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Friday, April 9, 2010

Walk Away

Business is slow on the LCS Writes front this month, so I put myself on sale (ten percent off the price of a writing job, and/or ten percent from the final bill, to be paid to anyone who refers a new client that results in a project in April. How is that for blatant solicitation?) Anyway, as a result, other than trying to drum up business, I have time to work on the creative pieces that I’m trying to write, which leads me to today’s topic.

A year ago, as I shifted in my chair and coped with my only dose of unemployment in almost 30 years, I made Middle Passages my job. After dropping our daughter off at school, I cracked my knuckles and sat down to the computer to craft a daily essay. After say, several hours, I’d walk away, returning later to edit the you-know-what-out of the piece before clicking on “publish.” I had, as it were, the luxury of time.

Now that I have work--sporadic though it may be--and volunteering, and other projects that interest me too, sometimes Middle Passages suffers, and to be perfectly honest, I crammed my post in yesterday. It may have sounded like the life of leisure amid my two walks, but with no paying work on the immediate horizon, I directed myself elsewhere between strolls, spending several hours at the library where I focused on the um, less lucrative side of my writing life. Then, since I had a networking phone call scheduled for after supper, I wanted Middle Passages off my mind before we ate, and, well, I rushed.

Here’s what I want to say today folks. No matter what, take a break from your writing so you can come back and read it with fresh eyes. Yesterday’s post struggled with run-on sentences, misplaced and missing commas, extraneous words, and a general lack of flow. Truth be told, I was slightly horrified with myself this morning. If you read it now, I think I’ve fixed most of it. But sheesh, what a reminder.

Today’s lesson: if you hurry to publish a blog post, a story, a letter, a memo, an email, a poem, a book, you are going to miss things.

As a high-scoring champion in a check-off-the-to-do-list world, I live with a compulsion to get things done that gets me in trouble some times. Yesterday’s post was a case in point. So take it from me. Walk away. Peel some potatoes. Think of other projects. Go for a run. Conduct the networking call. Whatever. Get the piece out of your mind so you can read it later with an objective view. Then see what you find. I promise, your delay will serve to improve things.

Oh, and in case you are wondering, I walked away from this one twice.

Did you ever wish you didn’t press publish, or send?


Alex J. Cavanaugh said...

Guess that's why I don't reread my posts - I'd probably want rewrite all of them! But the A-Z Challenge has really forced me to think through each and every post I create.

glnroz said...

Well now,, what does that tell you about me? i didn't see a thang wrong with either one of them..:)

Yvonne Osborne said...

Oh, yes! I often have.

"It is never finished, is often said of us." -emily dickenson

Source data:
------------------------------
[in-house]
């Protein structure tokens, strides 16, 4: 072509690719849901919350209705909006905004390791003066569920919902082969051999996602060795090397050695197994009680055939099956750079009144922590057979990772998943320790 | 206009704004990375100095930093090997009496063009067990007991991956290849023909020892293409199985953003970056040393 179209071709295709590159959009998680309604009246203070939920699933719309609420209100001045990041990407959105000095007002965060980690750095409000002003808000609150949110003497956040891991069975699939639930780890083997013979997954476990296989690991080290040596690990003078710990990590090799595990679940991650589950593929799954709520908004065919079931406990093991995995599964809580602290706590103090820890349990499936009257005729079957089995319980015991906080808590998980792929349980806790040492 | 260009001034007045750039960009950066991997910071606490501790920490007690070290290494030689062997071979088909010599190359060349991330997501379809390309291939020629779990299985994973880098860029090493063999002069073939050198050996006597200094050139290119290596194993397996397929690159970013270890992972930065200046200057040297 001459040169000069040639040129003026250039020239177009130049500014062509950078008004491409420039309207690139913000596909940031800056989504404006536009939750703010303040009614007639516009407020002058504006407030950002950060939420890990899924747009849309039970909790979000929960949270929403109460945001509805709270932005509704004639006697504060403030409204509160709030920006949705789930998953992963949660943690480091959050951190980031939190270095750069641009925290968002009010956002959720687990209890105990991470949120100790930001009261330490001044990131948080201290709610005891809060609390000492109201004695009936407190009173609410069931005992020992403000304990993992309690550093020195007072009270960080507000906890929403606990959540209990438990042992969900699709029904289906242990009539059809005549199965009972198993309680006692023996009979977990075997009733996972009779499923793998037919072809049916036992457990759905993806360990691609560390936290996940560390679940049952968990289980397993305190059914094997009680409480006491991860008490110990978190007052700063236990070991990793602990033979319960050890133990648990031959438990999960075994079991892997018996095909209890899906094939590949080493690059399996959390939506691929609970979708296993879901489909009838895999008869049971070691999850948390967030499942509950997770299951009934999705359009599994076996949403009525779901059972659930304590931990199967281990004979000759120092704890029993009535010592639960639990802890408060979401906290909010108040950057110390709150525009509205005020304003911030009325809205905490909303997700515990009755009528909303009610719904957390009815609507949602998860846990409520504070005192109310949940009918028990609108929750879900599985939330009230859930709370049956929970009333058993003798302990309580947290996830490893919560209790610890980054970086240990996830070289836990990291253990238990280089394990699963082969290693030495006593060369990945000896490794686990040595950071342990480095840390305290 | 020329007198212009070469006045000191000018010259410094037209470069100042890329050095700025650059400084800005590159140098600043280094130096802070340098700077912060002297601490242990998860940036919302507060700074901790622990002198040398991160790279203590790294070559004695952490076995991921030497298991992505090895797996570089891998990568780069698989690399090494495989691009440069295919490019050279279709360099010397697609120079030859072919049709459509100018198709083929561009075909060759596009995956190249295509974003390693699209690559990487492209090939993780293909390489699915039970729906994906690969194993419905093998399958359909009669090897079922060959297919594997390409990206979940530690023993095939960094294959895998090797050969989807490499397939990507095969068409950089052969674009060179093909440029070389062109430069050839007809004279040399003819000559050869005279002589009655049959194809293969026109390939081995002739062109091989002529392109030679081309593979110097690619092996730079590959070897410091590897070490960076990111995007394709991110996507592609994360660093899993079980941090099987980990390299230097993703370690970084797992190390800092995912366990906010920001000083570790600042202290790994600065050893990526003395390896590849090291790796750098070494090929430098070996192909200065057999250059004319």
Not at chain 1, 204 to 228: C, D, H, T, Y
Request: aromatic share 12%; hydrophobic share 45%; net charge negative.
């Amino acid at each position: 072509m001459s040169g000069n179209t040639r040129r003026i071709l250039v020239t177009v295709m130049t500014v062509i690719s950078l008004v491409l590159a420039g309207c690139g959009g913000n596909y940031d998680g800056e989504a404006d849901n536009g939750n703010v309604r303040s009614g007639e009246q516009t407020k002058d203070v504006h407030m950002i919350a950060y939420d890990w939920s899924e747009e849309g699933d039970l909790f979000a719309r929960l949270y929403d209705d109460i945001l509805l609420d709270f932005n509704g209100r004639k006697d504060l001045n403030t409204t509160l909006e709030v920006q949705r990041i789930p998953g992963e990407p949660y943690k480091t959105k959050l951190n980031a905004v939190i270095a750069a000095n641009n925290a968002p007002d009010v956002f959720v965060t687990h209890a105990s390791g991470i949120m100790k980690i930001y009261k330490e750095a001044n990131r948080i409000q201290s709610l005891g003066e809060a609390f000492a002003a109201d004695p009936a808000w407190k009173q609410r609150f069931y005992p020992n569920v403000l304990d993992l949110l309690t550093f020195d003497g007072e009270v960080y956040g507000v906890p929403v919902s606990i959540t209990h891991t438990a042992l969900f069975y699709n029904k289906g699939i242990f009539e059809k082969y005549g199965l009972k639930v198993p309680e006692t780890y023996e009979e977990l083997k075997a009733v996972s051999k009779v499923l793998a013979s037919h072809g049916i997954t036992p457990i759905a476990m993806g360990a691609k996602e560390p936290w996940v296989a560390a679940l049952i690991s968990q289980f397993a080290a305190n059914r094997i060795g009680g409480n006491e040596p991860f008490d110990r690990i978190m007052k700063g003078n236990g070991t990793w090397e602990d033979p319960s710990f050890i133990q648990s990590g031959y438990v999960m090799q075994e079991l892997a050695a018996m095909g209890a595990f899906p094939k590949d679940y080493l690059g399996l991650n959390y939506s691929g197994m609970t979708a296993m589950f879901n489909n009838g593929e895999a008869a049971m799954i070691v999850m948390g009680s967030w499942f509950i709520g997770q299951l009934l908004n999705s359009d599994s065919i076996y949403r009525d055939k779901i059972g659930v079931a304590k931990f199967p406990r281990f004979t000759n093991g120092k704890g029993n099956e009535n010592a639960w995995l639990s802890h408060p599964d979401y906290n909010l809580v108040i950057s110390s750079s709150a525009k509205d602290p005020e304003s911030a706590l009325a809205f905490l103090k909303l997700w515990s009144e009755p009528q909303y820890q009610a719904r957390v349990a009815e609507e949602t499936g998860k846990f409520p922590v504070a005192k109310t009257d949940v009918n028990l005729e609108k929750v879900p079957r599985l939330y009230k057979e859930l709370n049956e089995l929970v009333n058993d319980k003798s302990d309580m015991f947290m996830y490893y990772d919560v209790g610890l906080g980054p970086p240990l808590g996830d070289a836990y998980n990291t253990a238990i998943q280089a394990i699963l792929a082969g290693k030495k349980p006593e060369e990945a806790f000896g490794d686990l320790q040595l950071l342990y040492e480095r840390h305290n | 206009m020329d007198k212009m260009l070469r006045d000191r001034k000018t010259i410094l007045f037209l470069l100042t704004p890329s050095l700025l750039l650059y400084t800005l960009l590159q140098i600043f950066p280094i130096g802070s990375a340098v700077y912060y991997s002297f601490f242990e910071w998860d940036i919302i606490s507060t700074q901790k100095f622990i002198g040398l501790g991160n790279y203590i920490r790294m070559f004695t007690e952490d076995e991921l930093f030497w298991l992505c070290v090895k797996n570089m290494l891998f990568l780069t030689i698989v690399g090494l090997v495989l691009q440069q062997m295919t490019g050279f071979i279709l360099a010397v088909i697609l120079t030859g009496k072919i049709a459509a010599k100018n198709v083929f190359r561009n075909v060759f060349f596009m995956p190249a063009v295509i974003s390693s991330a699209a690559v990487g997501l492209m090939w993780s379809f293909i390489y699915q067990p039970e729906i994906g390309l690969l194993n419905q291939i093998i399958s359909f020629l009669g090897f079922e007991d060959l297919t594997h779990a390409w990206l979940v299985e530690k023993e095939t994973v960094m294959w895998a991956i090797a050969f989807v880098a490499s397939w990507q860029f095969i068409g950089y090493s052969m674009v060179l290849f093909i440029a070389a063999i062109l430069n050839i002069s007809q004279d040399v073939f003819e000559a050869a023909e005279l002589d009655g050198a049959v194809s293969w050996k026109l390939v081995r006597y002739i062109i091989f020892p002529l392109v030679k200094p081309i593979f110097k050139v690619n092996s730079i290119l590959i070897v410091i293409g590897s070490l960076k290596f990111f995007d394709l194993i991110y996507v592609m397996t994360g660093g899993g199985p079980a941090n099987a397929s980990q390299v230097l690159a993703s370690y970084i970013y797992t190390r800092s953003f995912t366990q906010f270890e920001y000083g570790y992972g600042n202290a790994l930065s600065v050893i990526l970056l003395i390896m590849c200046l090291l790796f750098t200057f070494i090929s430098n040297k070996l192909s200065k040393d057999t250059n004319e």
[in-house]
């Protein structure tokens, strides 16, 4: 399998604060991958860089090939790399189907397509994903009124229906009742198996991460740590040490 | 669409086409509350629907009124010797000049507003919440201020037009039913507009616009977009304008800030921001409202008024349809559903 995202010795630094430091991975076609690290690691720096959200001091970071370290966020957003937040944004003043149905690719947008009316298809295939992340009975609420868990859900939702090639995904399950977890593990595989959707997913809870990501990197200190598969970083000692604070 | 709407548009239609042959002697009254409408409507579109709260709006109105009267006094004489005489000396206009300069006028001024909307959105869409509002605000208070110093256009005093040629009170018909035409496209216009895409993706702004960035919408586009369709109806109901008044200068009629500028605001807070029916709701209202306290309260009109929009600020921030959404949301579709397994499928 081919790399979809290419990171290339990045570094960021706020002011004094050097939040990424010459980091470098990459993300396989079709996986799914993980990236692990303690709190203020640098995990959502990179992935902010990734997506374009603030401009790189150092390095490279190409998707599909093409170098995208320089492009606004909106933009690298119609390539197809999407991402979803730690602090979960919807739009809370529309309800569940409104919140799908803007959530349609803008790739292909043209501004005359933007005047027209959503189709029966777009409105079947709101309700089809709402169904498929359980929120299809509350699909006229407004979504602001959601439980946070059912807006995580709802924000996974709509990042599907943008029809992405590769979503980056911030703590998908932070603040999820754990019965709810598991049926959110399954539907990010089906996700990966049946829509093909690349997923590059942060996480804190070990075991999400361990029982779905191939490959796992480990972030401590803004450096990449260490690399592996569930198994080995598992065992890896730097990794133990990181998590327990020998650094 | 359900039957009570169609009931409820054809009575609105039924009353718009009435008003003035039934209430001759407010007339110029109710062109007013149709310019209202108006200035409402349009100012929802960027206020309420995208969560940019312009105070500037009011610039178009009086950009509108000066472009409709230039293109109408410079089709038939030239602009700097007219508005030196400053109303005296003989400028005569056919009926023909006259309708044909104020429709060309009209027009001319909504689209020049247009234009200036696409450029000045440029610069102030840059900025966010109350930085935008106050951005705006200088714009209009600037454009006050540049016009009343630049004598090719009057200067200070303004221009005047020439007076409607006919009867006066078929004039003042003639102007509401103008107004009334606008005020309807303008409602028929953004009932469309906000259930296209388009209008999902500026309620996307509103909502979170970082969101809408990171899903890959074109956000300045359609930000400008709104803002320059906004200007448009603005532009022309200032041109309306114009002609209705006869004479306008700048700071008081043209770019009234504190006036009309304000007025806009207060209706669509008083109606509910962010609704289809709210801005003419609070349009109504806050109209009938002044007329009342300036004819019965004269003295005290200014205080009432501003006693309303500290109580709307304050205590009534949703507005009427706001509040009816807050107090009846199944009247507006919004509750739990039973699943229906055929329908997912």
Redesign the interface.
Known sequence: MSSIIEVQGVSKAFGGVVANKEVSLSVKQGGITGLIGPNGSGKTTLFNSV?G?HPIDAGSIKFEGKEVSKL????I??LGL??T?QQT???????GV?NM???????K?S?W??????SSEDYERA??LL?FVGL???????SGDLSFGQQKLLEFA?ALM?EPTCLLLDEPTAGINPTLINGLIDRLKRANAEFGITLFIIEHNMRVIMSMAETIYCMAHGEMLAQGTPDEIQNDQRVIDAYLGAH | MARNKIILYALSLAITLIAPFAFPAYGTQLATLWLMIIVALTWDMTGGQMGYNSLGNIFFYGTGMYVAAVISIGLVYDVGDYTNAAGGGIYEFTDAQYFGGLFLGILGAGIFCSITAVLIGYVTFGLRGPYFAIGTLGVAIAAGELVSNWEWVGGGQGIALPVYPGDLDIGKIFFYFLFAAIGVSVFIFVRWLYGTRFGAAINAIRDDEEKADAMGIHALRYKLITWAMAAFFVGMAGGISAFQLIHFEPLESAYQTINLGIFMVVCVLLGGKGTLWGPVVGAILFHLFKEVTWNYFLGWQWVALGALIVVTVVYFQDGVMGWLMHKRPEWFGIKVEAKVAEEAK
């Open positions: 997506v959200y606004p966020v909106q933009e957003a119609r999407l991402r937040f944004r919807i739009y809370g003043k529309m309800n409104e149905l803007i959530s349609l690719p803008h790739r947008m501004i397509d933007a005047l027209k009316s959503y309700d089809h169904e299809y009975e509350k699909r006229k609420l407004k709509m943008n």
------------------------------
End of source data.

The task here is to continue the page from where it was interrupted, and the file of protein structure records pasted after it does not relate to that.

Maribeth said...

Have I ever! And how about when you think it was pretty good and someone in the know comments (not even criticizing) but it makes you realize you goofed?
Live and learn -- and thank the one who helped.

Helen Ginger said...

Once I have an idea, I write it. Then I go back and re-read it. If it's a blog post, I may read it through twice then publish it. If it's a manuscript, it goes through many edits over time. Like you, I try to put it away for several weeks or more, then re-read it and start the edits.

Straight From Hel

Carolina Valdez Miller said...

It seems like providence to have read this today. I was literally on my way to the post office to send out two queries for my manuscript--heart thumping, stomach queasy, feeling downright paralyzed--and I found myself slowing, not bothering to look for the post office that I knew was around somewhere (unfamiliar with town), and guess what? By the time I got there, I was two minutes past closing, and I nearly wanted to cry, but then, I felt immense relief. Because I realized I wasn't ready. Maybe I will be in a couple of days, but not yet.

So yes, it's important to take a break, to think before hitting publish, before sending that query. Hm...time to go blog, I think. And then, time to hit that manuscript and synopsis and figure out what's giving me pause.

Robin said...

I found your blog via Sharon. You probably already know that you are on her blogroll. I did an internal cringe when I read this blog because I know that I don't write as carefully as I should. I have other issues that drive me nuts and may show up in a blog! So, I skipped over your blog of disenchantment and read your flower blog. I enjoyed that one immensely. I have a brown thumb, too. My grandmother, though, could make anything grow and it was gorgeous. Turns out my brother inherited her gift, and his yard becomes more stunning each summer. I am so envious that it is really unattractive, so I say nothing. Well, that isn't true. I tell him wonderful it looks yada yada yada. But inside I am totally green with jealousy. Then I remind myself that I don't LIKE yardwork and I feel tons better.

m. heart said...

Liza, a friend who knows I freelance on the side sent this article regarding MA law to me yesterday and I was caught completely by surprise — I'm wondering if this could be an issue for your own freelance endeavor? It made me reconsider a big self-promotional mailing I was about to do.